Immigration Law

Florida man sentenced to federal prison after posing as immigration attorney

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A Florida man who posed as an immigration attorney has been sentenced to 20 years and nine months in federal prison.

In December, Elvis Harold Reyes, 56, of Brandon, Florida, pleaded guilty to mail fraud and aggravated identity theft in connection with filing more than 225 fraudulent asylum applications and collecting more than $411,000 from unknowing clients, according to an April 12 statement from the U.S. Attorney’s Office for the Middle District of Florida.

The New York Times, the Associated Press and the Washington Post have coverage.

Reyes operated EHR Ministries Inc. in Brandon, Florida, and even though he portrayed himself as an immigration attorney, he has never been licensed, according to court documents. He targeted undocumented immigrants who were seeking driver’s licenses and work authorization and provided them with false and inaccurate legal advice to persuade them to retain his services.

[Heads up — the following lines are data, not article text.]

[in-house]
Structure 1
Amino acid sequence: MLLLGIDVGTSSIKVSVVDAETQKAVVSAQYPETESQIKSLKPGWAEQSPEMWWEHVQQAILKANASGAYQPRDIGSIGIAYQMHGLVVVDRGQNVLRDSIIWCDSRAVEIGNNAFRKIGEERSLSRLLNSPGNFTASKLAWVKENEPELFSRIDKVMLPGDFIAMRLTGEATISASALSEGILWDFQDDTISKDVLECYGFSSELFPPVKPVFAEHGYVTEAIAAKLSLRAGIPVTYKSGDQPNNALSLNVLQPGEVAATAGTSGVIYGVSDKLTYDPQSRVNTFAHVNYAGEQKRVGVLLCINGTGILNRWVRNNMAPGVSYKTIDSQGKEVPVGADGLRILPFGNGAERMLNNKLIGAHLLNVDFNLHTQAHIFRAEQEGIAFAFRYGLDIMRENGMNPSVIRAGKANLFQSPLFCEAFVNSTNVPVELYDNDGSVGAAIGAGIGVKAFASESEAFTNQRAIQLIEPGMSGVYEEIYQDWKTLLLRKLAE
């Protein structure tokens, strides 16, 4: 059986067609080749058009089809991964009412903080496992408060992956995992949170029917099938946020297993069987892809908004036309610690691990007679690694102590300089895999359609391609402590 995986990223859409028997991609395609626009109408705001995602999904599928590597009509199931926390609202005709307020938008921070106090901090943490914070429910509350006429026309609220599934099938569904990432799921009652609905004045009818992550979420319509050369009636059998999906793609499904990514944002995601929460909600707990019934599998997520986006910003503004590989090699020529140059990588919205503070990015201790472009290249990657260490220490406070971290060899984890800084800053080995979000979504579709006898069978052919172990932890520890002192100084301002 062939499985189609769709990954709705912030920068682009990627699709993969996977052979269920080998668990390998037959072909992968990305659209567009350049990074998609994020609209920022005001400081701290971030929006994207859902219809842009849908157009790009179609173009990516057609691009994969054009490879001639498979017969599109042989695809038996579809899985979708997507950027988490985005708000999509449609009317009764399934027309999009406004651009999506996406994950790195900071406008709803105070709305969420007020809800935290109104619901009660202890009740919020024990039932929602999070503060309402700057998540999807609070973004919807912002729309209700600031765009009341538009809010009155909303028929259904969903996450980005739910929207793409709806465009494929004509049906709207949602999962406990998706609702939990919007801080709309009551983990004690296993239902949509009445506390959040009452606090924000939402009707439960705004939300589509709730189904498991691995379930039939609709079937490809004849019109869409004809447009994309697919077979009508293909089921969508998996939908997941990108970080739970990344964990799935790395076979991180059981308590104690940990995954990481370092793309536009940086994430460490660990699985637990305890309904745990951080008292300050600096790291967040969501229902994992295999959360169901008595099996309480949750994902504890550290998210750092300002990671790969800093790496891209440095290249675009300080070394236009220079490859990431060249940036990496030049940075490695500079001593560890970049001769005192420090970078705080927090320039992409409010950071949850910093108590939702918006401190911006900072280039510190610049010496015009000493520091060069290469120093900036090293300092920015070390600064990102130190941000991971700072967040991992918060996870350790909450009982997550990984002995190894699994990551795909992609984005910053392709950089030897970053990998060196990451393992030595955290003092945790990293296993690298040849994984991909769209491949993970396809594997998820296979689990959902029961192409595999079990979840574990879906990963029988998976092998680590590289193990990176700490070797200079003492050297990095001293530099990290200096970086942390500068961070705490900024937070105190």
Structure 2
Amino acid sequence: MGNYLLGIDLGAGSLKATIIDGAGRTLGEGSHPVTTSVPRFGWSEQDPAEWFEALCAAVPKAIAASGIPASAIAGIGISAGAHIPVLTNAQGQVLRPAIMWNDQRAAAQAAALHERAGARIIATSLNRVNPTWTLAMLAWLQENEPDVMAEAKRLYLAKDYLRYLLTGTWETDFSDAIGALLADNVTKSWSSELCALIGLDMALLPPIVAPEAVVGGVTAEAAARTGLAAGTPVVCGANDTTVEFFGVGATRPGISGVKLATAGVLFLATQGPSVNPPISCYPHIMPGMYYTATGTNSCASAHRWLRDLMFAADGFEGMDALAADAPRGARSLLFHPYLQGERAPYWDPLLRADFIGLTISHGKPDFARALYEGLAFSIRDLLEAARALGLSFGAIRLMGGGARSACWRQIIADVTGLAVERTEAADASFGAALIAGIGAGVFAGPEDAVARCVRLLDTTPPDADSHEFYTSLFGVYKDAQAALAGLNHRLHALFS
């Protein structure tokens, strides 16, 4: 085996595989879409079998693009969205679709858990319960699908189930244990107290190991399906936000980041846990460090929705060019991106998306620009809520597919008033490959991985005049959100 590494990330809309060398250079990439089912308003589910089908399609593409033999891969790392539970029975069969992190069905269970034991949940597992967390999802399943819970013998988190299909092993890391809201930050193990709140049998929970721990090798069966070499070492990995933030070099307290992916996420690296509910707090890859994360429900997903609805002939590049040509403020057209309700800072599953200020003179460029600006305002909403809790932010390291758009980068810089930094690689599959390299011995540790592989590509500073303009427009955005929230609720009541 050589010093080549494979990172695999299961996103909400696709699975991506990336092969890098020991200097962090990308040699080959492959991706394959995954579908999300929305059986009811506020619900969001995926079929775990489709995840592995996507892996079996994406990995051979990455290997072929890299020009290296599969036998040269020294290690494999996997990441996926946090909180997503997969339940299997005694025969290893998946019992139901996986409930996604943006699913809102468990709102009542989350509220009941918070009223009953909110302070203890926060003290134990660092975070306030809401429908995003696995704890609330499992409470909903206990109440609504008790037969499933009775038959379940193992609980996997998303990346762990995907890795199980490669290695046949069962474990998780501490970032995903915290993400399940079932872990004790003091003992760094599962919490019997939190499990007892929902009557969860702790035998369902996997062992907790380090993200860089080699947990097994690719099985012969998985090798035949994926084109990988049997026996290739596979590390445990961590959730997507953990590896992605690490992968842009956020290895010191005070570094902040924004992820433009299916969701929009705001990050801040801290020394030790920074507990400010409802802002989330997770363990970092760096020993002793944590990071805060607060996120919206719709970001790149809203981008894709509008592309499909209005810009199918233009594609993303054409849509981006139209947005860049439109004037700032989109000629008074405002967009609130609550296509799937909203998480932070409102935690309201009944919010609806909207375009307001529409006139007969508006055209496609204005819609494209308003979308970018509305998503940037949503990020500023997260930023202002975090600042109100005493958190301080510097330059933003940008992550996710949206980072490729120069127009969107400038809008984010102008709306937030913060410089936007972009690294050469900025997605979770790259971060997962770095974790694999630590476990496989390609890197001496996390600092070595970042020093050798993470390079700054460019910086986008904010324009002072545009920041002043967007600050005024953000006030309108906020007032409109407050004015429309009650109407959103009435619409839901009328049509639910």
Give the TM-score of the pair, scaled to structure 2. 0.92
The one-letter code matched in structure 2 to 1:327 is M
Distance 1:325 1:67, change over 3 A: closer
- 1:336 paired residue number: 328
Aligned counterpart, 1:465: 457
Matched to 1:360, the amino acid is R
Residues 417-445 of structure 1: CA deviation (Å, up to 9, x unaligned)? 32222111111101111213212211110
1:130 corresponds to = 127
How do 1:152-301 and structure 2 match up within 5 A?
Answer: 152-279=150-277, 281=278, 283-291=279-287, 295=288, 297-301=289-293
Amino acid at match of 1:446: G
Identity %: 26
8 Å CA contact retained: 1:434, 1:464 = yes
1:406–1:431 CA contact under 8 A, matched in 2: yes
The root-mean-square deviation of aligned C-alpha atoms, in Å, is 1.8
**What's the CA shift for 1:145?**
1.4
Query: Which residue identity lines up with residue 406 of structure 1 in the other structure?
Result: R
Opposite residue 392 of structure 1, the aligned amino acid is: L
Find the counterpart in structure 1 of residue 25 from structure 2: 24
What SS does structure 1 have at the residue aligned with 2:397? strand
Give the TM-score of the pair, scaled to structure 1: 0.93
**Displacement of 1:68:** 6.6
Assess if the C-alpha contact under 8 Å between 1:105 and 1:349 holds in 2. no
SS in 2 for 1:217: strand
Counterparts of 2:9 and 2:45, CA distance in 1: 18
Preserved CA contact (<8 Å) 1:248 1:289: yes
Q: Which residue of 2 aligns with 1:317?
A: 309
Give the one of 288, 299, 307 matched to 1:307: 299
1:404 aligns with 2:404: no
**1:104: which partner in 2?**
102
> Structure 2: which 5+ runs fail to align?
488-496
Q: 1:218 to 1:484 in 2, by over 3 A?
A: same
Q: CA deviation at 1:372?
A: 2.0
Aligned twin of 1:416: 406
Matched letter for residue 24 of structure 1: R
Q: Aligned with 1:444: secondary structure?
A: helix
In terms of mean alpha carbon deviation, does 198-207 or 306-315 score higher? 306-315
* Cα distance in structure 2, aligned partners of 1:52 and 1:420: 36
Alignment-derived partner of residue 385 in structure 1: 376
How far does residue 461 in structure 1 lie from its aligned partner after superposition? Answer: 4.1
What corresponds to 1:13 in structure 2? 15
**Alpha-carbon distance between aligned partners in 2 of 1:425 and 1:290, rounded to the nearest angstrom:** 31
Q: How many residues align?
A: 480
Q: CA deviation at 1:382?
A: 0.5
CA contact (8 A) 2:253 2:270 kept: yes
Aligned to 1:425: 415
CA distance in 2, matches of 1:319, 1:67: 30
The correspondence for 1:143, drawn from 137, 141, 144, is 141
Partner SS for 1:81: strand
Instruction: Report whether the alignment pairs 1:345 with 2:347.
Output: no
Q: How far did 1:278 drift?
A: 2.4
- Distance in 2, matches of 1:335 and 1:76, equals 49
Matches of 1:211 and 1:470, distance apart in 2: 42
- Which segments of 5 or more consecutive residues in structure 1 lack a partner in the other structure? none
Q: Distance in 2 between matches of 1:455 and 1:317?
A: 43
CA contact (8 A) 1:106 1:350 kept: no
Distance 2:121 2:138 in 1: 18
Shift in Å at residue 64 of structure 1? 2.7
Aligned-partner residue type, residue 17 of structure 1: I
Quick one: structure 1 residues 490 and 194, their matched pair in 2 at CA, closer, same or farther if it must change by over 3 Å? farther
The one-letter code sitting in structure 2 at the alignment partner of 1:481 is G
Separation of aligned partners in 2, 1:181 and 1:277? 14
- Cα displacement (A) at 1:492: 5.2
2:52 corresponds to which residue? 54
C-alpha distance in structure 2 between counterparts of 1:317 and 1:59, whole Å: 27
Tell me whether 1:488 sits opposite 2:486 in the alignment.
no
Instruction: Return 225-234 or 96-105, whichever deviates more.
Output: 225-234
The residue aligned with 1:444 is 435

He represented victims in matters before the U.S. Citizenship and Immigration Services and sought for them asylum relief and withholding-of-removal protections that are provided under the United Nations Convention Against Torture, the U.S. attorney’s office said. He falsified information in their asylum applications, did not share that information with them, and also did not inform them of the consequences of filing for asylum relief or for Convention Against Torture protection.

“This criminal defrauded hundreds of victims who thought they were starting a path to legal citizenship,” Homeland Security Investigations Tampa Assistant Special in Charge Michael Cochran said in the statement. “Identity and benefit fraud are crimes that threaten the national security and public safety of the U.S. by creating vulnerabilities to our legal immigration system.”

According to the U.S. attorney’s office, Reyes spent the money that he charged his victims on travel, luxury shopping, spa visits and jewelry, as well as on an allowance for his girlfriend. He also threatened those who confronted him by claiming that he could have them deported.

The Washington Post reports that, according to court documents, at least six of Reyes’ victims have been deported, and six others received removal-in-absentia orders. Another client is married to a U.S. citizen and may not be able to obtain legal status because of his fraud.

Senior U.S. District Judge Virginia M. Hernandez Covington of the Middle District of Florida handed down Reyes’ sentence Monday.

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